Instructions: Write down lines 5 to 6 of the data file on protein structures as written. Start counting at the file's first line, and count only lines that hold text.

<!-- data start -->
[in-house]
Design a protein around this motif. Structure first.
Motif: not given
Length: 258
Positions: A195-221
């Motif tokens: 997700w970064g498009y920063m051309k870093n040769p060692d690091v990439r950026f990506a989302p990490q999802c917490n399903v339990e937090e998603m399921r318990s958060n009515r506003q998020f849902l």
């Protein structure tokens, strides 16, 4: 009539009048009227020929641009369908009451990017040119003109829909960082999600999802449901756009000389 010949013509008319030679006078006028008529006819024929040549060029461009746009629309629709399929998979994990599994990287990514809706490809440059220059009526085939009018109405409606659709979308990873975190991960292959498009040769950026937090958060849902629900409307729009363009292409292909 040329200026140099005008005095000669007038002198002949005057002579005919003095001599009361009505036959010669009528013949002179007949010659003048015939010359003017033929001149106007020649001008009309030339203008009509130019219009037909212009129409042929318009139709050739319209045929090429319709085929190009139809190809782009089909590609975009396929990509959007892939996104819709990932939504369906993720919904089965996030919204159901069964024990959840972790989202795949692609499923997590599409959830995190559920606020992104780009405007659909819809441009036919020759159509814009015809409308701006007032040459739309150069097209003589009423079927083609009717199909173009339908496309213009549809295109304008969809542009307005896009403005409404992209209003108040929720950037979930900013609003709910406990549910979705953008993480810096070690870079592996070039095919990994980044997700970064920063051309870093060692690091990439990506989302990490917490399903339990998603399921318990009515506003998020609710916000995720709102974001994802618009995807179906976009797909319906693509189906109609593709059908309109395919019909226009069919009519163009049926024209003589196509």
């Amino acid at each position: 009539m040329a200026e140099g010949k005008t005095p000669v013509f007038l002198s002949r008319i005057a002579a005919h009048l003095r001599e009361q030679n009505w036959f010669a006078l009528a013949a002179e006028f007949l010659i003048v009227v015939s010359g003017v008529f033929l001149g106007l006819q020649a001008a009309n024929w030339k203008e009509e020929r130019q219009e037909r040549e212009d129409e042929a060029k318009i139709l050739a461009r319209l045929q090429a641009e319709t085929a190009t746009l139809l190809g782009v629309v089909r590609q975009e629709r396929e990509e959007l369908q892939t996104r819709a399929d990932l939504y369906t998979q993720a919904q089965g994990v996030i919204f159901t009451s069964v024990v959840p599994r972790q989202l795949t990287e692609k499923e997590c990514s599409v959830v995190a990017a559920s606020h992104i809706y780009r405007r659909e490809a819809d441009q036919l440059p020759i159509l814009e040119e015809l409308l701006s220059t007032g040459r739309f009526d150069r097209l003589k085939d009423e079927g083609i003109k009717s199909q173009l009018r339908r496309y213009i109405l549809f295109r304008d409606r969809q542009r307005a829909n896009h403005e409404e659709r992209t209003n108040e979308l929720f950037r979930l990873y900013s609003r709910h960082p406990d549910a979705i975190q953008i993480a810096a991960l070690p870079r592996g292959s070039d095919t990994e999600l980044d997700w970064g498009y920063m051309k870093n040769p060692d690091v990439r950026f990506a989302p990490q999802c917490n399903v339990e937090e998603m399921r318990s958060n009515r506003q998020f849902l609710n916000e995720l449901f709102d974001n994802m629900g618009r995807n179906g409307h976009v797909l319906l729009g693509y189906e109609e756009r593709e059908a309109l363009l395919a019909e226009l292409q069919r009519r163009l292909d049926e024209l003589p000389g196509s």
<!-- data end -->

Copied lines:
Positions: A195-221
């Motif tokens: 997700w970064g498009y920063m051309k870093n040769p060692d690091v990439r950026f990506a989302p990490q999802c917490n399903v339990e937090e998603m399921r318990s958060n009515r506003q998020f849902l």